DERRY — In its first official statement since the head of Northern Ireland’s police accused them of stealing £26.5 million (nearly €38 million) from a Belfast bank, the Irish Republican Army (IRA) last night denied that it took the money.
The denial comes amid a growing political crisis in Northern Ireland. The failure by Sinn Féin, the party linked to the IRA, and the Democratic Unionist Party (DUP), to forge a deal to restore the devolved government to Belfast has been compounded by the widespread belief that the IRA planned the heist, which is thought to be the largest in European history
Speaking at Westminster today, British Secretary of State for Northern Ireland Paul Murphy described the robbery as a violation of the 1998 peace agreement. On 7 January, Hugh Orde, the head of Northern Ireland’s police said he believed that the IRA had carried out the robbery. He was backed by the Irish and British governments, as well as the other political parties in Northern Ireland, including the nationalist Social, Democratic and Labour Party (SDLP).
Sinn Féin rebutted Orde’s statement, citing a “securocrat” conspiracy to undermine the peace process. Sinn Féin leaders have received assurances from the IRA that it did not carry out the robbery. Last night was the first time that the IRA commented publicly.
The DUP has called for the governments to move on with a devolution plan without Sinn Féin – a move backed by the SDLP. However, any devolution plan excluding Sinn Féin would be difficult and dangerous to implement. Sinn Féin is the second largest party in Northern Ireland and attracts over 60 per cent of the nationalist vote. Adding to the uncertainty is the fact that Sinn Féin remains linked to the IRA – which would not take kindly to exclusion of their political wing from power-sharing in Belfast.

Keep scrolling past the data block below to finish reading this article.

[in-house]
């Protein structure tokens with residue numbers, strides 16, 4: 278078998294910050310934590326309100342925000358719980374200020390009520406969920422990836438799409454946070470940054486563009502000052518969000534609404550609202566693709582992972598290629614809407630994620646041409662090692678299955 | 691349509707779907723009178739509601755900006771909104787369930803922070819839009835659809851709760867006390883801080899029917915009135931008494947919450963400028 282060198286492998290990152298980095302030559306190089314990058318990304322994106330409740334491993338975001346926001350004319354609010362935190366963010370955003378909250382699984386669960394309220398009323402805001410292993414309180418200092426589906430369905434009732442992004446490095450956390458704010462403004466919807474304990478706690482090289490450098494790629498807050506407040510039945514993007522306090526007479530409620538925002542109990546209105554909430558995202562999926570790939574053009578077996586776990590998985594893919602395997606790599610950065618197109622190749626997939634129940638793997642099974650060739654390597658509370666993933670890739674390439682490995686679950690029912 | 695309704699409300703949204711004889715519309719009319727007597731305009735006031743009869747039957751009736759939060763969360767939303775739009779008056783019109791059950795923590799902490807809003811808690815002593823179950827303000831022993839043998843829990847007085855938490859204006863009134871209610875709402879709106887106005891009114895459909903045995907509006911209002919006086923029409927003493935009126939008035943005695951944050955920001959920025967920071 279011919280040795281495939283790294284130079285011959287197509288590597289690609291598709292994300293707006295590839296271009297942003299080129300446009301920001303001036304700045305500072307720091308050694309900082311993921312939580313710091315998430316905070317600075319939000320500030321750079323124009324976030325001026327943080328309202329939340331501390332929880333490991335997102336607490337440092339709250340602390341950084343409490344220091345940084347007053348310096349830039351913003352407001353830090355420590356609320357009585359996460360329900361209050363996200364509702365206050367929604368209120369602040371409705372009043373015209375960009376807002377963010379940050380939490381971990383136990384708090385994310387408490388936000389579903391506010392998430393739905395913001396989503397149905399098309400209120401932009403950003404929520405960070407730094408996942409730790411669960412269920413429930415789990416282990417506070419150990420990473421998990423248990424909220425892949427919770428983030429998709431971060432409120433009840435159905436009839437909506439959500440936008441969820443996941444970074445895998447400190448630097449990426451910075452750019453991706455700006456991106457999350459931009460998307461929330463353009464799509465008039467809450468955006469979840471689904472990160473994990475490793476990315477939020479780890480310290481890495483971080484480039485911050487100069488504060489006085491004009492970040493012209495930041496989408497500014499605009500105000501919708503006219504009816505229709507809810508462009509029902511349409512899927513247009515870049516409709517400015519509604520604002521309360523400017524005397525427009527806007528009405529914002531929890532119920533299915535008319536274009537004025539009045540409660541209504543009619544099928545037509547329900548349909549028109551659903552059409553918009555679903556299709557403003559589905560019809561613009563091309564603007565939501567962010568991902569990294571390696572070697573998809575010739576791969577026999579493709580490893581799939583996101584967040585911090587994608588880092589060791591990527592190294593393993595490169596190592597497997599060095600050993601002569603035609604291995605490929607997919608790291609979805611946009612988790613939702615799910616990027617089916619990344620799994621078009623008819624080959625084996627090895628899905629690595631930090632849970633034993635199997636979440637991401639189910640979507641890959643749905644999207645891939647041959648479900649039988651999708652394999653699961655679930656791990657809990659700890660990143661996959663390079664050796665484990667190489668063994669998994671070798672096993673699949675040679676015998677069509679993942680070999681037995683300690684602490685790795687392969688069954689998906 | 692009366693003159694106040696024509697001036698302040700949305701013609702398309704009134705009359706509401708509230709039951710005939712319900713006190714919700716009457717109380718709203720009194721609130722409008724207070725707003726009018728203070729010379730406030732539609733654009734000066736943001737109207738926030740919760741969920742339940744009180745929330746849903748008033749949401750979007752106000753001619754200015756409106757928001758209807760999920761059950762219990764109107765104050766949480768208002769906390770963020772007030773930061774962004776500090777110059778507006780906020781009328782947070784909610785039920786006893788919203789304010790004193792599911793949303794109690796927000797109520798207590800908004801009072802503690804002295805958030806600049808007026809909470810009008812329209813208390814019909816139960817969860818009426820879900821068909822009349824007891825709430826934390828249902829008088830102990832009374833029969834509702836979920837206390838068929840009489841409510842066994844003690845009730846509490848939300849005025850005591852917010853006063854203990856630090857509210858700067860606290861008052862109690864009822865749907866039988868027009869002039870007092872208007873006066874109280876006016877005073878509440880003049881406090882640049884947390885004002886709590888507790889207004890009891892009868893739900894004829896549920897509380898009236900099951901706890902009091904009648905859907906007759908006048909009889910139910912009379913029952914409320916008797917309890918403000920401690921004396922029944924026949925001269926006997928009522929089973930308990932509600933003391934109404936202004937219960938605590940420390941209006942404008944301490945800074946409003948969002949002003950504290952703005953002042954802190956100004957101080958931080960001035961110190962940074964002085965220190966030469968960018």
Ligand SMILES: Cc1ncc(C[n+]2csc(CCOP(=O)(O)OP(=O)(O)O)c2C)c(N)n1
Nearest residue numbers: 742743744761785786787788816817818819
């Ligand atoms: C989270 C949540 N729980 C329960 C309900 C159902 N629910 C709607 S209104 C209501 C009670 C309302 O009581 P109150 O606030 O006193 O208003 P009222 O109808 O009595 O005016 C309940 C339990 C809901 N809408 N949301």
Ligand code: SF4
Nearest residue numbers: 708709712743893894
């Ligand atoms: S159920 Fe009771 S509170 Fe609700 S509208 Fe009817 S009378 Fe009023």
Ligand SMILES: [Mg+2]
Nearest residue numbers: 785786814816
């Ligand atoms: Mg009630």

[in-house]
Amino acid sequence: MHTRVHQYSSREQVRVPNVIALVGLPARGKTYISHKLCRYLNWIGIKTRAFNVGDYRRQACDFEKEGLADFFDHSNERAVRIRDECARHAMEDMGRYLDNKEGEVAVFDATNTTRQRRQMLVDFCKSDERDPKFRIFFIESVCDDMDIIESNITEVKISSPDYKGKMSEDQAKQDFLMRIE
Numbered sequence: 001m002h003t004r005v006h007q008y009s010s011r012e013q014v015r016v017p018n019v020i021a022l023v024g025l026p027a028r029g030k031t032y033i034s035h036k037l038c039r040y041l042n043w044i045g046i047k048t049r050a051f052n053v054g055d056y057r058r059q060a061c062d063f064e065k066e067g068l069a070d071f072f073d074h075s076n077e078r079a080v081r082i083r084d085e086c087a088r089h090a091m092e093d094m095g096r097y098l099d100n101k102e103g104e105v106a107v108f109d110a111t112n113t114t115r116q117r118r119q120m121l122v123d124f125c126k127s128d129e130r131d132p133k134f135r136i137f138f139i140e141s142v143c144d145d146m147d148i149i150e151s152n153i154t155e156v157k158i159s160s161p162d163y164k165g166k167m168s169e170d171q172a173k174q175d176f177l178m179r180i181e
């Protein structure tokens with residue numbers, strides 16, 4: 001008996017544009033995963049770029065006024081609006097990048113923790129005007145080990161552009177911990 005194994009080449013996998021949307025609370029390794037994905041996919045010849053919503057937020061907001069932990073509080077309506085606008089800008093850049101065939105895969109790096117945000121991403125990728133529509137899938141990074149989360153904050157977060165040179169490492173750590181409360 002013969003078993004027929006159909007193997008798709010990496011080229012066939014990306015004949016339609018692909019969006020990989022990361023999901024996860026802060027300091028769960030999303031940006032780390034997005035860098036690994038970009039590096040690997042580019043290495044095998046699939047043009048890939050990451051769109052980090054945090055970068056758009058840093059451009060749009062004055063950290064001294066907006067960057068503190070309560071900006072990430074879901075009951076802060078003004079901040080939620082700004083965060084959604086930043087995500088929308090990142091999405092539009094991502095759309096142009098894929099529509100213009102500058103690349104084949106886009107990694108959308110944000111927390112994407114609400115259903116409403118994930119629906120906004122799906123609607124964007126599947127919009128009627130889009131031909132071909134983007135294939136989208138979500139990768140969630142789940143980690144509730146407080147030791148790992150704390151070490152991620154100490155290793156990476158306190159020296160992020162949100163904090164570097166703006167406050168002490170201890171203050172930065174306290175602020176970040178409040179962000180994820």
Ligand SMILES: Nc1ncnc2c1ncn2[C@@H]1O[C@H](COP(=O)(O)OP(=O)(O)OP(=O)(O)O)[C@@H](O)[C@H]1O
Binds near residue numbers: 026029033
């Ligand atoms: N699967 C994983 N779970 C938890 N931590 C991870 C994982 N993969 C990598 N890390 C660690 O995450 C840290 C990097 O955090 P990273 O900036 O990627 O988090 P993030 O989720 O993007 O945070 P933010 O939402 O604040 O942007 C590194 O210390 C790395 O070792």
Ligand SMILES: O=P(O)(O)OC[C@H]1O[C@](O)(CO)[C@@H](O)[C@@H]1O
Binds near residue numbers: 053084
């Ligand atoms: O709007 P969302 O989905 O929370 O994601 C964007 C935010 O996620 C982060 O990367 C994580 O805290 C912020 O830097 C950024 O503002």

The nature of the Sinn Féin-IRA relationship has come under scrutiny in the aftermath of the robbery. Plans for the heist were underway while Sinn Féin was negotiating with parties and governments on securing a deal. Irish Prime Minister Bertie Ahern believes that Sinn Féin knew about the planned raid while negotiations were taking place – and either agreed with it or could not prevent it.
This belief has spread across the Atlantic, where US President George Bush spoke to Sinn Féin leader Gerry Adams as the pre-Christmas political talks came to a climax. He is now considering denying Adams’ entry to the US and freezing Sinn Féin’s prolific fund-raising operation in a country where 70 million people claim Irish ancestry.
Any further marginalization of Sinn Féin could have serious ramifications for the IRA’s pledges to destroy its weaponry and commit to peace. However, with such a decline in political trust apparent, it is difficult to see a way out of the impasse anytime soon.
Northern Ireland’s three decades of civil conflict up to 1998 saw over 3,600 people killed, most of them civilians, as mostly Catholic Irish nationalists and republican paramilitaries, who want Northern Ireland to merge with the Republic of Ireland to the south, faced off against mostly Protestant unionists or loyalist counterparts who want to remain part of the United Kingdom. British soldiers flooded into Northern Ireland but were viewed by many nationalists as a hostile occupation force and were regularly targeted by the IRA.Show